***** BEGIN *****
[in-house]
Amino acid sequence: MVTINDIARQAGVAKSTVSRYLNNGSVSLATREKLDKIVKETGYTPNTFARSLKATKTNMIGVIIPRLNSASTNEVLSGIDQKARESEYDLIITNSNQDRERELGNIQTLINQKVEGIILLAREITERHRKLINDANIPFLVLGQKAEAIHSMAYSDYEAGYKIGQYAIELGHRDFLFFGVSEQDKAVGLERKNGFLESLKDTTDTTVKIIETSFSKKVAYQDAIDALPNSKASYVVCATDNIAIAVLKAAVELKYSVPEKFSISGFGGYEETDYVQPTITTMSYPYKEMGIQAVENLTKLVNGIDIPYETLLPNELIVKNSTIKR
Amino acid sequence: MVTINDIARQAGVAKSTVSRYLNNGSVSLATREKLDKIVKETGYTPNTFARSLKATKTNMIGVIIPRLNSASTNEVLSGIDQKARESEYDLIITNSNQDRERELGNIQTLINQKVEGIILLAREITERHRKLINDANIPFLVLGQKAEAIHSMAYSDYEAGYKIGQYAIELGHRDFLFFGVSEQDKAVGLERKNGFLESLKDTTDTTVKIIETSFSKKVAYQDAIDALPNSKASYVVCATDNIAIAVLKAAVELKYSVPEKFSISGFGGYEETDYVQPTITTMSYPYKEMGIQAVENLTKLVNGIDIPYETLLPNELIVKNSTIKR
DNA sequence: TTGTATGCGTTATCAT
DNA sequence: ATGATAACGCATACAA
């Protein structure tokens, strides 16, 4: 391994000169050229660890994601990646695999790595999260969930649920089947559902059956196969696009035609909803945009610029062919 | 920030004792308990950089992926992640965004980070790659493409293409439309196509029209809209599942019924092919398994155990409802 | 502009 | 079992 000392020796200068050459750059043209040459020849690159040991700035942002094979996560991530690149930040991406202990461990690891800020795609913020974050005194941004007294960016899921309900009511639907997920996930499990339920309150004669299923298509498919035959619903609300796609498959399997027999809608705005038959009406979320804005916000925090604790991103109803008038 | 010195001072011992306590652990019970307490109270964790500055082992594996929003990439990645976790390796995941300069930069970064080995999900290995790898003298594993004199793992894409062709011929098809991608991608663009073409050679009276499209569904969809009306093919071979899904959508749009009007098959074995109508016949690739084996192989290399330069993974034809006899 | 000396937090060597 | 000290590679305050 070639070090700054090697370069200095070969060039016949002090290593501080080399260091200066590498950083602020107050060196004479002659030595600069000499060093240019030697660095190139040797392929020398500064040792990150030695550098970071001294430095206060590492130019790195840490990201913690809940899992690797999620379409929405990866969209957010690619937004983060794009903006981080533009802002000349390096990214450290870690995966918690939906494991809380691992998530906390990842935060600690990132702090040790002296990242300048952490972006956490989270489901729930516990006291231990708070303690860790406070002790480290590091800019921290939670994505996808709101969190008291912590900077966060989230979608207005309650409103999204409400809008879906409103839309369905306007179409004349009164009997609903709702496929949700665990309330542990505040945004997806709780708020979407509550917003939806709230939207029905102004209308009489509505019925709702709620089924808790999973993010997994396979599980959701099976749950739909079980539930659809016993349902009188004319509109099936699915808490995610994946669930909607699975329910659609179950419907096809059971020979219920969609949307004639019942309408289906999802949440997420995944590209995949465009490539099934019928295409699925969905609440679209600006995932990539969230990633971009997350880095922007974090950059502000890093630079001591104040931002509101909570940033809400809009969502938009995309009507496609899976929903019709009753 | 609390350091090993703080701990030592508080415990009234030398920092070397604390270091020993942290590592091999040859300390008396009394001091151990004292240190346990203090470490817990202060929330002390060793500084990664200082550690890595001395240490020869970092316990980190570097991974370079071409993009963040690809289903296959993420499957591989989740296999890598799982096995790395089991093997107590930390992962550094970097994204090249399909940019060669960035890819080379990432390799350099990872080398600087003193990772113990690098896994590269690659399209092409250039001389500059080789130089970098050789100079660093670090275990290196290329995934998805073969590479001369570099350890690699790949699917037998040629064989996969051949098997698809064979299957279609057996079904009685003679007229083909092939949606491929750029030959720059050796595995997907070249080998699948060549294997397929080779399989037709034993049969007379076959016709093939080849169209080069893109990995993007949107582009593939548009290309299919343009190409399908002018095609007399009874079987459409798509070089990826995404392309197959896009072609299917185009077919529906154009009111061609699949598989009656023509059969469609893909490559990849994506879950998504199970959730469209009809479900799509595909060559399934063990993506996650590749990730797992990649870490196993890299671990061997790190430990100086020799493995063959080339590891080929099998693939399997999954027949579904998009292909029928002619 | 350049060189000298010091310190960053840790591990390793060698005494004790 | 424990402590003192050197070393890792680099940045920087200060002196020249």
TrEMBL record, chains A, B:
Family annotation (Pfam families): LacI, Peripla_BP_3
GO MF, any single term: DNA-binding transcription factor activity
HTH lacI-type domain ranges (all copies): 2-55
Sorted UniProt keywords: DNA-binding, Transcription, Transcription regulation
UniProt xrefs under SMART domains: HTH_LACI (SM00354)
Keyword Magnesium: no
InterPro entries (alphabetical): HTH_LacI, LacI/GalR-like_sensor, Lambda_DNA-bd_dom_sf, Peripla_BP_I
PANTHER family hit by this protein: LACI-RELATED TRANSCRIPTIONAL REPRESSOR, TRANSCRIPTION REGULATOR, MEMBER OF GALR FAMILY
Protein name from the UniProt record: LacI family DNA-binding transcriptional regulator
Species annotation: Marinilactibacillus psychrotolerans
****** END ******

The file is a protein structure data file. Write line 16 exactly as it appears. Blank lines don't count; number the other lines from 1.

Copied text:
Protein name from the UniProt record: LacI family DNA-binding transcriptional regulator